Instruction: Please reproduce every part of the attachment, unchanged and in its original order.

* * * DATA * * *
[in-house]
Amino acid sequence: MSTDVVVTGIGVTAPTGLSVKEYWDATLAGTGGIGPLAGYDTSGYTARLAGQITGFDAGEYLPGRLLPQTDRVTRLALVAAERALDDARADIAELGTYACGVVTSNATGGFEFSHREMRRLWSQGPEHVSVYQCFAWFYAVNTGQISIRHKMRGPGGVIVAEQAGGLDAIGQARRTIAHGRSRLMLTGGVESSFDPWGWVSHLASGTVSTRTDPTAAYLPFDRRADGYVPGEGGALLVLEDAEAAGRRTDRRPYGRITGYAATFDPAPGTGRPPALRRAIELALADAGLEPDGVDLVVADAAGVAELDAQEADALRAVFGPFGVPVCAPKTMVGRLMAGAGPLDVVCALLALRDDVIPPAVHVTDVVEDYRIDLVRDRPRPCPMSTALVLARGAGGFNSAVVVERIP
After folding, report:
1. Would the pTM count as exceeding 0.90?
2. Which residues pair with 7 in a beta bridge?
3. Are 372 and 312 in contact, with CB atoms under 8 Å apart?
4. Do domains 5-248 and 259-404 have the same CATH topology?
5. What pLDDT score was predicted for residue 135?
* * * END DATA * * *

[in-house]
Amino acid sequence: MSTDVVVTGIGVTAPTGLSVKEYWDATLAGTGGIGPLAGYDTSGYTARLAGQITGFDAGEYLPGRLLPQTDRVTRLALVAAERALDDARADIAELGTYACGVVTSNATGGFEFSHREMRRLWSQGPEHVSVYQCFAWFYAVNTGQISIRHKMRGPGGVIVAEQAGGLDAIGQARRTIAHGRSRLMLTGGVESSFDPWGWVSHLASGTVSTRTDPTAAYLPFDRRADGYVPGEGGALLVLEDAEAAGRRTDRRPYGRITGYAATFDPAPGTGRPPALRRAIELALADAGLEPDGVDLVVADAAGVAELDAQEADALRAVFGPFGVPVCAPKTMVGRLMAGAGPLDVVCALLALRDDVIPPAVHVTDVVEDYRIDLVRDRPRPCPMSTALVLARGAGGFNSAVVVERIP
After folding, report:
1. Would the pTM count as exceeding 0.90?
2. Which residues pair with 7 in a beta bridge?
3. Are 372 and 312 in contact, with CB atoms under 8 Å apart?
4. Do domains 5-248 and 259-404 have the same CATH topology?
5. What pLDDT score was predicted for residue 135?